Extended Review: SRAM Rival 1

I’ve had the SRAM Rival 1 in for review longer than the folks at SRAM would like. They haven’t officially yelled at me, but I am sure it is coming. Why have I been silent up to this point? I was waiting for something noteworthy to happen, and I am still waiting… I keep turning the pedals and guess what. After months of not cleaning the chain, it might be time for a new one.

SRAM has enjoyed great success with 1×11 single-ring drivetrains in the mountain bike world for some years, and it has now developed a road and gravel model. 1×11 for the road is available in Force and Rival groups, both ditch the once-required front derailleur and introduce a rear derailleur with a clutch mechanism and a chainring with wide/narrow teeth, plus a wide-range cassette designed to overcome the obvious shortcomings of losing one chainring.

SRAM isn’t trying to replace a conventional double-ring drivetrain with Rival 1. It’s simply offering different options, and it will probably appeal to some cyclists. Anyone building a gravel, adventure, touring or cyclo-cross bike might be interested (and lots of new cyclo-cross and gravel bikes have shipped in 2016 with this groupset).

My initial concern with 1x drivetrain for all around riding was a lack of gear range but SRAM has solved this, thanks to a rather large rear cassette and a clutched rear derailleur. The new Rival 1 rear derailleur in long cage can shift a massive 42-tooth cassette. Of course, there will be bigger gaps between gears, so a little pedaling efficiency can be lost, but it is not horrible at all; some might say it is a bit of a relief to mix up the cadence after a long day on the bike.  On the trails or riding alone this never seems to be an issue. The only time it really became a concern was around 28 or 29 mph when hanging out with lycra clad roadies. Of course, if you show up on a cross bike they are going to try and put the screws to you.

We put the the SRAM Rival 1 groupset and Zipp Course 30 wheels through some of the worst conditions we could find, and they came out smelling like roses. Mounted on our Moots Psychlo X cross bike, we spent a good 9 months on the road, trails, single track and even a little bike-packing to what damage could be done.

So why no front chain guard?

The crucial features that make SRAM’s Rival 1 drivetrains secure are found in the rear derailleur and the chainring.

The chainring has alternating thick and thin teeth, which grab the chain’s link plates, locking the chain on the ring without any supplementary retention. It seems too simple to work, but so far there have not been any issues of chain drop or suck.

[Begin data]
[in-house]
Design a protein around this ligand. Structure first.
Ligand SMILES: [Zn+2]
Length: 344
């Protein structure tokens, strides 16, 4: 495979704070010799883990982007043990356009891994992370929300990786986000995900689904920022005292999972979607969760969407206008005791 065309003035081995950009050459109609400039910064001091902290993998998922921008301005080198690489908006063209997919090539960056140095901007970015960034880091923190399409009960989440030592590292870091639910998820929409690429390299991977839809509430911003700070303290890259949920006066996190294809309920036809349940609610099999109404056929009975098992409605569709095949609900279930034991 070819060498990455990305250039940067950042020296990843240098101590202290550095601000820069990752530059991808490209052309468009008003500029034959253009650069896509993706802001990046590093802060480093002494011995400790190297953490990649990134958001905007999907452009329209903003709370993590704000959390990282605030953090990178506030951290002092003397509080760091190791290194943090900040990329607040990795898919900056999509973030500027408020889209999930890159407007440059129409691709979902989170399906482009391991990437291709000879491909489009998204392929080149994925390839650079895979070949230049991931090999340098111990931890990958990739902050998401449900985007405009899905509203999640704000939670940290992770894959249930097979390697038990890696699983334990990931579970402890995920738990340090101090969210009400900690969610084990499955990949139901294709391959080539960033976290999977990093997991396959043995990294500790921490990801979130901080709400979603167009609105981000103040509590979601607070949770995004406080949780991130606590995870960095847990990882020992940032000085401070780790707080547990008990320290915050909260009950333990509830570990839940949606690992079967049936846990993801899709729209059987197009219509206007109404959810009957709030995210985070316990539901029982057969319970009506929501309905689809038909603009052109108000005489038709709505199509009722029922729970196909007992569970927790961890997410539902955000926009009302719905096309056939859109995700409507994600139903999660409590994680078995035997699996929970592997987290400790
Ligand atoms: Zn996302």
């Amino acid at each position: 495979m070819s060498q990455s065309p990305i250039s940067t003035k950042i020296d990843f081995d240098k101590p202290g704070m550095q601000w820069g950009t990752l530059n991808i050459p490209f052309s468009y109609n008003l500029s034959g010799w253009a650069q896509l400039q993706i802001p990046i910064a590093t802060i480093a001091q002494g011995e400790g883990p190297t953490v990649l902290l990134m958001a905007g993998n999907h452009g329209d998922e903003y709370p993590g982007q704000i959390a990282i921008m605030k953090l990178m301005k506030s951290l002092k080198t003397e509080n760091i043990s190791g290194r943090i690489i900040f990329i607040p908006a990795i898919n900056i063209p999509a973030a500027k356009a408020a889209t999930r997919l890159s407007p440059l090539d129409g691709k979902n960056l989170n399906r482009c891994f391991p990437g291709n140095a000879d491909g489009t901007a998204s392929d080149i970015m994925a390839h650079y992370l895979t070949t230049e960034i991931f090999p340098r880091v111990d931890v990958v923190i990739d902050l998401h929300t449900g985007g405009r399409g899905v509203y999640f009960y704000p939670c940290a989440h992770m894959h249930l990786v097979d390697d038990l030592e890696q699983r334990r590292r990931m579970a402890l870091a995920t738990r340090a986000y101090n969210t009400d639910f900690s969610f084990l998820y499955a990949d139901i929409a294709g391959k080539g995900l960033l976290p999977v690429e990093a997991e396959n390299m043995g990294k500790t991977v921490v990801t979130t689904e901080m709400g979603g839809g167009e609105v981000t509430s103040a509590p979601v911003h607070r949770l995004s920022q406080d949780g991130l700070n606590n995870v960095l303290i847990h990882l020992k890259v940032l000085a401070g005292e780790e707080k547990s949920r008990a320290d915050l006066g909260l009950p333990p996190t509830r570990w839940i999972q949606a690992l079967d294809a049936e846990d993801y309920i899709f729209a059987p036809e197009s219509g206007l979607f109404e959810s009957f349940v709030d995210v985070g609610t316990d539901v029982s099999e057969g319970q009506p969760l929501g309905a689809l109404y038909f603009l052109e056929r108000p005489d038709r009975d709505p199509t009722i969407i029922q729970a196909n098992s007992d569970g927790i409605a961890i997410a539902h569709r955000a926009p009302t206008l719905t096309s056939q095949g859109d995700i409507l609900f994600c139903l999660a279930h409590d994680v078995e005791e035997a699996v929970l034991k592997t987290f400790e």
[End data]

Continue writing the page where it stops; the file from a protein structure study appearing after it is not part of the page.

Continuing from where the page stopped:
The rear derailleur uses a straight parallelogram that can only move laterally, making it impervious to ghost-shifting in rough terrain, says SRAM, and providing lighter shifting action. The pulley cage has a one-way clutch that damps its forward rotation and reduces chain bounce. Like the chainring, the pulley teeth alternate thick/thin.

Final rundown on the SRAM Rival 1

It works, and it works well. It might not be as light as the Force group and might be missing a little bit of the bling that carbon provides but the Rival 1 will get the job done. In the long run there were absolutely no complaints. The group performed flawlessly.

Usually I like to buy the best that I can afford so my first instinct was to get the Force 1. I mean, why not? It has carbon fiber, it has to be worth the couple of hundred bucks more. After spending so long on the Rival 1, I am not sure that is the case any longer. Sure, if I was racing every weekend then it might be a different story; the few extra grams give me a little better workout on the road and my wallet will even be little heavier!

What would I change? Out of the box the group is great. Depending on where my intentions lie, I would possibly upgrade the rear cassette to something a little light, or maybe use the Rival level cassette for training and a light Force level for special occasions.

More Details & Photos

Moots Psychlo X with SRAM Rival 1

The SRAM Rival 1 will get the job done day in and day out.

Moots Psychlo X with SRAM Rival 1

The SRAM Rival® HRD Shift-Brake Control levers feature forged aluminum brake & shift levers and offer precise shifting, excellent braking and are plenty durable for a cross or gravel road bike.

Moots Psychlo X with SRAM Rival 1

Rival 1 features forged aluminum crank with detachable spider and chainring sizes ranging from 38t to 50t in 2 teeth increments. Featuring SRAM’s X-SYNC™ tooth profile which is engineered to keep the chain in place. Never once did it fall off, even in the roughest of single-track.

Moots Psychlo X with SRAM Rival 1

The cassette is on the Rival 1 is a a heavy boy. If racing or concerned about weight I would recommend upgrading to a Force level cassette and saving around 100 grams. Nice thing is, you have the option to use the Rival 1 until it is worn out then replace it with something a tad lighter.

Moots Psychlo X with SRAM Rival 1

The SRAM Rival 1 rear derailleur  By eliminating unwanted chain movement, X-HORIZON™ shifts faster, helps put an end to ghost shifting and reduces shift force and chain slap. And with CAGE LOCK™ technology, wheel removal and installation is pretty easy. Of course, the rear-thru axle is always a little bugger, but we won’t blame that on SRAM.

Moots Psychlo X with SRAM Rival 1

The SRAM Rival 1 features road-specific calipers that are powered by an 18mm piston. Stock setups come with 160mm front and 140mm rear rotors for gravel and off-road, but we did switch out the 160mm for 140mm. Spacer kits really bother us.

140mm rotors on the rear offer more than ample breaking to stop our 185 tester on single track and on gravel roads when loaded with tents and other gear.

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Adventure, Travel, Outdoors, Gear and Fitness